The unicorn is a mythical creature. Strong, wild, and it was impossible to tame by man. A Roman naturalist records it as "a very ferocious beast, similar in the rest of its body to a horse, with the head of a deer, the feet of an elephant, the tail of a boar, a deep, bellowing voice, and a single white horn, two cubits(inches) in length, standing out in the middle of its forehead."
The unicorn is an archetypal creature, present both in eastern and western mythology. In the Bible, God is said to have the strength of a unicorn. [Num 23:22 & 24:8]; The warlike fierceness of the unicorn is referred to when Ephraim and Manasseh are described as being like the horns of unicorns. [Deu 33:17]; The entire destruction of Idumea is completed when God sends unicorns and wild bulls to attack the people. [Isa 34:8 see also Psa. 92:10 & Psa 22:21]
Modern zoologists have generally disbelieved the existence of the unicorn. Yet there are animals bearing on their heads a bony protuberance more or less like a horn, which may have given rise to the story. The rhinoceros horn, as it is called, is such a protuberance, though it does not exceed a few inches in height, and is far from agreeing with the descriptions of the horn of the unicorn. The nearest approach to a horn in the middle of the forehead is exhibited in the bony protuberance on the forehead of the giraffe; but this also is short and blunt, and is not the only horn of the animal, but a third horn, standing in front of the two others.
Other believes that the narwhales, along with the Indian Rhinoceros (which only has one ‘horn’) are creatures that, through travelers’ exaggerations, became the fabled unicorn. The narwhale is a whale that has a single tusk protruding from its forehead, in case you don't know. One can see two carved narwhal horn in the Victoria and Albert Museum in London and in the National Museums and Galleries on Merseyside (NMGM); the two are thought to be a pair. The horn is 110 cm long with a diameter of 5.2 cm tapering to 2.5 cm.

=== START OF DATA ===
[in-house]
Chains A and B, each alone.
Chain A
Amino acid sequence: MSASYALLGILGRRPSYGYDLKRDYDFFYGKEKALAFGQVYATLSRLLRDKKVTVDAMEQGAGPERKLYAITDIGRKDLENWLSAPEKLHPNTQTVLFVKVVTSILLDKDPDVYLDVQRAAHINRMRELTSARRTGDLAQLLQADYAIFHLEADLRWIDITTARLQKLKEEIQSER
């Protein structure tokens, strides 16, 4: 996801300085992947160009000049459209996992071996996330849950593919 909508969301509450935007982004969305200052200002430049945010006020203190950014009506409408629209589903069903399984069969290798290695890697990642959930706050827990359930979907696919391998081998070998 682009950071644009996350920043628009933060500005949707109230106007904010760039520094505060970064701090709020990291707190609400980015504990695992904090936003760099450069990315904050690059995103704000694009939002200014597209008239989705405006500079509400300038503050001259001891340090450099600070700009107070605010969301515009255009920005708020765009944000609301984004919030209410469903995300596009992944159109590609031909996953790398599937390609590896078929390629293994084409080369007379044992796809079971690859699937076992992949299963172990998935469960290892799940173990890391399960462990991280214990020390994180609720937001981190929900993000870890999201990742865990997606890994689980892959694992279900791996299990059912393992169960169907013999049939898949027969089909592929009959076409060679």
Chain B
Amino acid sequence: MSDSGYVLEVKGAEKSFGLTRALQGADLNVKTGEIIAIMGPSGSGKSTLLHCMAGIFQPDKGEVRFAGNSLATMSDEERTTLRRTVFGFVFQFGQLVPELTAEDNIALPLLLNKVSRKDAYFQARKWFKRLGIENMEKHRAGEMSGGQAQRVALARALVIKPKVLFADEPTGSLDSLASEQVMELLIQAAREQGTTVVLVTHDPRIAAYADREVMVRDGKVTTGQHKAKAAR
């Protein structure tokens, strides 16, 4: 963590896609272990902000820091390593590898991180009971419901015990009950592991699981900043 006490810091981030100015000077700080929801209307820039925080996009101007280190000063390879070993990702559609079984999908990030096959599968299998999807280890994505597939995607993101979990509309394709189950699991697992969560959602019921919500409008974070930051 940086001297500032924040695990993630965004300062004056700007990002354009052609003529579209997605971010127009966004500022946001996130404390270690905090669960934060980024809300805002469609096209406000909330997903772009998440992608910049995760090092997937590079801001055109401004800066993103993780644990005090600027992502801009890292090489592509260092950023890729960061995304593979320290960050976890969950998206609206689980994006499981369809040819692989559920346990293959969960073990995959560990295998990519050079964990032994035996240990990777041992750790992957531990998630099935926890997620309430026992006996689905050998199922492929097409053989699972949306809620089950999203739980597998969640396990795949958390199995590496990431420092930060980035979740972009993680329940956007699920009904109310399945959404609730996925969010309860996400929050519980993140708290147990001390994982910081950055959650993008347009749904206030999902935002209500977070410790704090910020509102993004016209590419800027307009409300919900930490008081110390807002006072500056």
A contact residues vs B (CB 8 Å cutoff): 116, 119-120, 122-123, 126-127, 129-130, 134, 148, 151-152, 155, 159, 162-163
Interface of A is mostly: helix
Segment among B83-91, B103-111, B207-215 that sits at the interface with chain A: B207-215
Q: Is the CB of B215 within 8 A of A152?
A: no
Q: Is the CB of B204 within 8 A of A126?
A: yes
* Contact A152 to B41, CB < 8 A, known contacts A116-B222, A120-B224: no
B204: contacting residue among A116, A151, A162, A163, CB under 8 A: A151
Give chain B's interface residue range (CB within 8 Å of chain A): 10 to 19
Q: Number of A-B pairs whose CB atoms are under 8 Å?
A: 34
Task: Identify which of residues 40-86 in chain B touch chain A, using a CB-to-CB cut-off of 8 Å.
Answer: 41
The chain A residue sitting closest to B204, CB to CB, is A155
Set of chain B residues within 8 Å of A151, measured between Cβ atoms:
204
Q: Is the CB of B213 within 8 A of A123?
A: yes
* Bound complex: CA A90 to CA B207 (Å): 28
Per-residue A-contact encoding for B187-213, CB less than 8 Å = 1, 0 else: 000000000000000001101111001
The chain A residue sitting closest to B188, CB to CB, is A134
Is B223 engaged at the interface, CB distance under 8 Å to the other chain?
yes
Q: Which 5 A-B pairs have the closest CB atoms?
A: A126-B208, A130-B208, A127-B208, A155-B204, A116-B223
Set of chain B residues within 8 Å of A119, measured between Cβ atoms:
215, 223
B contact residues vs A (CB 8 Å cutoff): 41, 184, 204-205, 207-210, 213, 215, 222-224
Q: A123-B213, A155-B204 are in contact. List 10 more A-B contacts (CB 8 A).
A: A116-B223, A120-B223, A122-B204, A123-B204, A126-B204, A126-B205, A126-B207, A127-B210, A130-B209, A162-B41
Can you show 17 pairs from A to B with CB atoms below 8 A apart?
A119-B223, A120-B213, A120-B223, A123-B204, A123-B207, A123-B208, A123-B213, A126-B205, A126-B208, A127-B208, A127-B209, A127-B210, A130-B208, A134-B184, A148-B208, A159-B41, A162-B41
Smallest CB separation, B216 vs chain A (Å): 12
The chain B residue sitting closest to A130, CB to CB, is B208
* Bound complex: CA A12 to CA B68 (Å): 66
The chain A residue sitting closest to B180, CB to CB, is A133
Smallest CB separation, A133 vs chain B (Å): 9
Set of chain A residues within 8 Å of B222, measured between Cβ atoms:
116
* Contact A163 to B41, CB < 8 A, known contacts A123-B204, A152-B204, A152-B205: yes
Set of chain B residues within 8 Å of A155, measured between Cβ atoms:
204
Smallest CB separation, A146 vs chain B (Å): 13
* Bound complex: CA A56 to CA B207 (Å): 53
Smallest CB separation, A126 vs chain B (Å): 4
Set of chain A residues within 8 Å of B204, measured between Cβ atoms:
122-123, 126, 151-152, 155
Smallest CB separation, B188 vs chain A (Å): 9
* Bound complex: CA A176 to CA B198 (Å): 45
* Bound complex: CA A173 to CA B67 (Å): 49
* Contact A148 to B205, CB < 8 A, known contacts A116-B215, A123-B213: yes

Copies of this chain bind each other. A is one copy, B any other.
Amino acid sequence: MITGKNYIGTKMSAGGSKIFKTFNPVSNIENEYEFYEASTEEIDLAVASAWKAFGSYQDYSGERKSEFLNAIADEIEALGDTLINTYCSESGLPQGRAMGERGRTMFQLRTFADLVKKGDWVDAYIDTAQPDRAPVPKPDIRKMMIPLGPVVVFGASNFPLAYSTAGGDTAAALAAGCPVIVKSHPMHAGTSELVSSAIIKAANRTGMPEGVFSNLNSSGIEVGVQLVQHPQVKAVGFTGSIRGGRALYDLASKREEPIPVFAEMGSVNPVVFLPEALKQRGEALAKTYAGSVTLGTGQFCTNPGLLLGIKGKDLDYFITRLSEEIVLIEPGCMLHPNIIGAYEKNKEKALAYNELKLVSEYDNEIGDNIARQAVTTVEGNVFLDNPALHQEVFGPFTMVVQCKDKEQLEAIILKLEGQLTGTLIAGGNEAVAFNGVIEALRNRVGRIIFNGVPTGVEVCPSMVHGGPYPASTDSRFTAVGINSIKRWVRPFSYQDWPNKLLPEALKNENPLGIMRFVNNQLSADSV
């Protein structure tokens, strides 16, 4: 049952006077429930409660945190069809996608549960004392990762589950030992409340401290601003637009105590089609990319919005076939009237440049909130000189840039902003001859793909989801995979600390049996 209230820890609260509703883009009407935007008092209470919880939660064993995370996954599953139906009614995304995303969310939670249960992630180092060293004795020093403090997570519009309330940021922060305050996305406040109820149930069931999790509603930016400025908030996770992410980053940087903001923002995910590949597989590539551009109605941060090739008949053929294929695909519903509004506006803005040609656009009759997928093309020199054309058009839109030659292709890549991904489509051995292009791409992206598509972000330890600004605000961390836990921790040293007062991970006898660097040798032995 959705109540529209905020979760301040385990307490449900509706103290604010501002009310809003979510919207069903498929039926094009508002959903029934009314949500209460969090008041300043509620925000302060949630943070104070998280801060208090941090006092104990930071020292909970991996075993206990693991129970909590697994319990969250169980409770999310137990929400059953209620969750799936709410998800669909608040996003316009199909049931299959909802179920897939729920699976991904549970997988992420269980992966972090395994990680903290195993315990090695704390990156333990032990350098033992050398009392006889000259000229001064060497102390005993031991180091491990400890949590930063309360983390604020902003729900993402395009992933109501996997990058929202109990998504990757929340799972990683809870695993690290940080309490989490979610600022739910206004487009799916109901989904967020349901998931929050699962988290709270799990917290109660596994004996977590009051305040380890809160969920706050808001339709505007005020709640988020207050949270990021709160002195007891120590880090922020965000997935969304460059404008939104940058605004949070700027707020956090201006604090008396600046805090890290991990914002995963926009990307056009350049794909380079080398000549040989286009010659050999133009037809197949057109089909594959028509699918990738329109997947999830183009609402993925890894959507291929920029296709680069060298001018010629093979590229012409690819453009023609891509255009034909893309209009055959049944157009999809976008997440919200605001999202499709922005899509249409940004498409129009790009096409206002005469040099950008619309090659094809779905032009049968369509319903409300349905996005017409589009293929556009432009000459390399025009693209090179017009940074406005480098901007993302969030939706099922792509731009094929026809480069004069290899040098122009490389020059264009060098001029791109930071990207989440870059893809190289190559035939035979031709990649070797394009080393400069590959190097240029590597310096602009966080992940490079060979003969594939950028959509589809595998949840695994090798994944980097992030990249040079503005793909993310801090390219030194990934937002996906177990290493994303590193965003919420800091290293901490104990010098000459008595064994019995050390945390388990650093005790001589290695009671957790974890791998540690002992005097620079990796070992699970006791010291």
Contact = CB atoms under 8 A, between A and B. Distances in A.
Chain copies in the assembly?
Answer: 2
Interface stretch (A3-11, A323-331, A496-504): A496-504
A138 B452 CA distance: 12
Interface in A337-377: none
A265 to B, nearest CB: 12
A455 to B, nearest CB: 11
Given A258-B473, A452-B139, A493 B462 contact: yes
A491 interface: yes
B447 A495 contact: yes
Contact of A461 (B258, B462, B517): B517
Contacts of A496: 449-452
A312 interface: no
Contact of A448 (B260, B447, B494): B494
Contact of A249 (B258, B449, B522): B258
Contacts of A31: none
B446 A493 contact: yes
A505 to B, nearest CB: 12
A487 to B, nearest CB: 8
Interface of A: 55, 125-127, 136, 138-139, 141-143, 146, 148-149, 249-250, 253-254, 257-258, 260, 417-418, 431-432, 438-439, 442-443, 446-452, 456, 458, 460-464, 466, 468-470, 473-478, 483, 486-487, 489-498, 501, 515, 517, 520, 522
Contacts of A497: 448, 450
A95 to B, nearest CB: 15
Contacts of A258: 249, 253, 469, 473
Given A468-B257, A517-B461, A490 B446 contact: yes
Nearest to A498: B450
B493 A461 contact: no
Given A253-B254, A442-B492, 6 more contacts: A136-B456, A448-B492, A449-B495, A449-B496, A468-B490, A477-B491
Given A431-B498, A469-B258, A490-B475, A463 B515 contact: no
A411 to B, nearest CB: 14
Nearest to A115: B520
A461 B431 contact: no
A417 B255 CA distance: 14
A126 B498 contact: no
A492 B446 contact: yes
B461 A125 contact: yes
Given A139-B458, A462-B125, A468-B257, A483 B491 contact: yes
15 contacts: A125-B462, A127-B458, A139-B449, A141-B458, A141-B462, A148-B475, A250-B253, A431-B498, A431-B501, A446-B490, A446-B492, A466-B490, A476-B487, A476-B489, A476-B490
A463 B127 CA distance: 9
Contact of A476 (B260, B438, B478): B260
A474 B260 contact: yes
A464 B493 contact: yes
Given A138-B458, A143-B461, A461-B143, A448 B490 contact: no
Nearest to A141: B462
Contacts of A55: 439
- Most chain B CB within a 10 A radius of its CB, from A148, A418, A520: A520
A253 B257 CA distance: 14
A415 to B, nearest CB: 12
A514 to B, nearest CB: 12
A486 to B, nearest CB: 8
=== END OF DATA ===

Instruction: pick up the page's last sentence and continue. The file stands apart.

The Oryx, a desert antilope, is also a possibility
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It was traditionally believed that a virgin who was naked sitting beneath a tree could only catch the delicate unicorn. The unicorn, who craves purity, would be irresistably drawn to the girl and lie down with his head in her lap. While it slept, the hunter could capture it. If, however, the girl was merely pretending to be a virgin, the unicorn would tear her apart.
Throughout the stories of the unicorn, its horn, the alicorn, is said to have great medicinal powers. In Ctesias’ writings, the dust filed from the horn was supposed to protect against deadly diseases if mixed into a potion. Or, if you drank from the horn, you would be protected against any poison.
Often, a narwhale tusk was sold as an alicorn, and it was often ground up and used for its magical properties.
Its white coloring made it a natural symbol for purity, chastity and virginity. The horn of the unicorn was the weapon of the faithful and of Christ.
The mythological unicorn was a symbol of chivalry with qualities befitting this status, proud and untamable.
The legend of the hunter and virgin bait became an allegory of the Incarnation of the Christ and was later forbidden by the Council of Trent because of the lack of real unicorns in the present world.
As far as modern fantasy literature for children is concerned, another mention of unicorns is in "Harry Potter and the Sorcerers Stone". The "bad guy" uses it to prolong his life by a drinking a very little amount of the unicorn’s silver blood.